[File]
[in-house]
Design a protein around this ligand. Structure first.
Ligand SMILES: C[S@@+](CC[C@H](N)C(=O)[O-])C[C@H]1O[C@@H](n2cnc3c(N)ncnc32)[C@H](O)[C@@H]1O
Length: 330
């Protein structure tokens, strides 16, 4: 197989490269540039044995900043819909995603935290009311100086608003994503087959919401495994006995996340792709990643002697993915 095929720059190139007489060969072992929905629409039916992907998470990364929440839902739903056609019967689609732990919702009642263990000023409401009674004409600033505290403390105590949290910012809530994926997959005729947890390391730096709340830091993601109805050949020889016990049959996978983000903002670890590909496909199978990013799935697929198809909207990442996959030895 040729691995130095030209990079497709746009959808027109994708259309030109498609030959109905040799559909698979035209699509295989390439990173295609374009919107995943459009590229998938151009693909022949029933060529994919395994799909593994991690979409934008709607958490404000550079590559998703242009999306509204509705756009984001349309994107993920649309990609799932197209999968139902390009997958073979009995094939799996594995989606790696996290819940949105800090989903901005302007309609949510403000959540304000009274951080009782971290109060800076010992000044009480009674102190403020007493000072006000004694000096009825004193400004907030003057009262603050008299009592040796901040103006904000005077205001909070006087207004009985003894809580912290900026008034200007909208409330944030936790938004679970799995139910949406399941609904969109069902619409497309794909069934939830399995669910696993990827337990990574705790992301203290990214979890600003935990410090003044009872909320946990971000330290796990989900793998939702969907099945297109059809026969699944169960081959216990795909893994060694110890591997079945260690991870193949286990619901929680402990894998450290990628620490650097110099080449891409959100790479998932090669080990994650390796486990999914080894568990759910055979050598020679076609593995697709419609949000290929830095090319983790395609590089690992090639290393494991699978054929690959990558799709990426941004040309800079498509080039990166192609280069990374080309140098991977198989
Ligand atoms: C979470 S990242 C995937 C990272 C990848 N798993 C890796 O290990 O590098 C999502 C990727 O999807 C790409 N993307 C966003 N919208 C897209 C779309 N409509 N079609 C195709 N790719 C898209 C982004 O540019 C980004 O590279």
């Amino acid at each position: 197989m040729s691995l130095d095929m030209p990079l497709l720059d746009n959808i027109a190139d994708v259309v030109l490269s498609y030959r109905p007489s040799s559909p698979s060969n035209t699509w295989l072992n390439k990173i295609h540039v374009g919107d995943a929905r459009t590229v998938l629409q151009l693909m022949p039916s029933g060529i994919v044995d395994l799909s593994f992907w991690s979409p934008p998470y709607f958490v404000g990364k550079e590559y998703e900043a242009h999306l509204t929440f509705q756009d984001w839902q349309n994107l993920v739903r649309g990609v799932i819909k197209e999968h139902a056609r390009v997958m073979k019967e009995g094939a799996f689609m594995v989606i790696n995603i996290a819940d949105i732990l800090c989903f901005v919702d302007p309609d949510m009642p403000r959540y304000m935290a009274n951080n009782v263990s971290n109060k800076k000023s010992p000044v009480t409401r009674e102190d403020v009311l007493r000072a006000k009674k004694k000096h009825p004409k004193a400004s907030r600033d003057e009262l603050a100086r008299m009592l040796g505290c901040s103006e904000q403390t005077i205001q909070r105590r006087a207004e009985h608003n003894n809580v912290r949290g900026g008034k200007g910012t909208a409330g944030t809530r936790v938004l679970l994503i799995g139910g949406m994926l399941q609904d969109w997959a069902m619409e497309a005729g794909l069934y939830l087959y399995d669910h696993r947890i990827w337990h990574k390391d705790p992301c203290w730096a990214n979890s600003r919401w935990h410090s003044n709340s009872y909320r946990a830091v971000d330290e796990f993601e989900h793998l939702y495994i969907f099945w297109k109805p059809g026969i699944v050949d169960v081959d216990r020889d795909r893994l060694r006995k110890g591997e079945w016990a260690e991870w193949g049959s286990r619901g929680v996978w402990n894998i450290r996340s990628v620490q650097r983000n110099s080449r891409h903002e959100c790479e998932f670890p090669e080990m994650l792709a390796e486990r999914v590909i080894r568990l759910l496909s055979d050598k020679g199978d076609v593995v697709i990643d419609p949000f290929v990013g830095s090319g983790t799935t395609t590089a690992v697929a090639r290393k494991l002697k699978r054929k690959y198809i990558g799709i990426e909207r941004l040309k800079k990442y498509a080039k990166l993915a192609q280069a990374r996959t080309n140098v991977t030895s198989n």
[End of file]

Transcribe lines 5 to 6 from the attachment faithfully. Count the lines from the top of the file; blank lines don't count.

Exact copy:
């Protein structure tokens, strides 16, 4: 197989490269540039044995900043819909995603935290009311100086608003994503087959919401495994006995996340792709990643002697993915 095929720059190139007489060969072992929905629409039916992907998470990364929440839902739903056609019967689609732990919702009642263990000023409401009674004409600033505290403390105590949290910012809530994926997959005729947890390391730096709340830091993601109805050949020889016990049959996978983000903002670890590909496909199978990013799935697929198809909207990442996959030895 040729691995130095030209990079497709746009959808027109994708259309030109498609030959109905040799559909698979035209699509295989390439990173295609374009919107995943459009590229998938151009693909022949029933060529994919395994799909593994991690979409934008709607958490404000550079590559998703242009999306509204509705756009984001349309994107993920649309990609799932197209999968139902390009997958073979009995094939799996594995989606790696996290819940949105800090989903901005302007309609949510403000959540304000009274951080009782971290109060800076010992000044009480009674102190403020007493000072006000004694000096009825004193400004907030003057009262603050008299009592040796901040103006904000005077205001909070006087207004009985003894809580912290900026008034200007909208409330944030936790938004679970799995139910949406399941609904969109069902619409497309794909069934939830399995669910696993990827337990990574705790992301203290990214979890600003935990410090003044009872909320946990971000330290796990989900793998939702969907099945297109059809026969699944169960081959216990795909893994060694110890591997079945260690991870193949286990619901929680402990894998450290990628620490650097110099080449891409959100790479998932090669080990994650390796486990999914080894568990759910055979050598020679076609593995697709419609949000290929830095090319983790395609590089690992090639290393494991699978054929690959990558799709990426941004040309800079498509080039990166192609280069990374080309140098991977198989
Ligand atoms: C979470 S990242 C995937 C990272 C990848 N798993 C890796 O290990 O590098 C999502 C990727 O999807 C790409 N993307 C966003 N919208 C897209 C779309 N409509 N079609 C195709 N790719 C898209 C982004 O540019 C980004 O590279």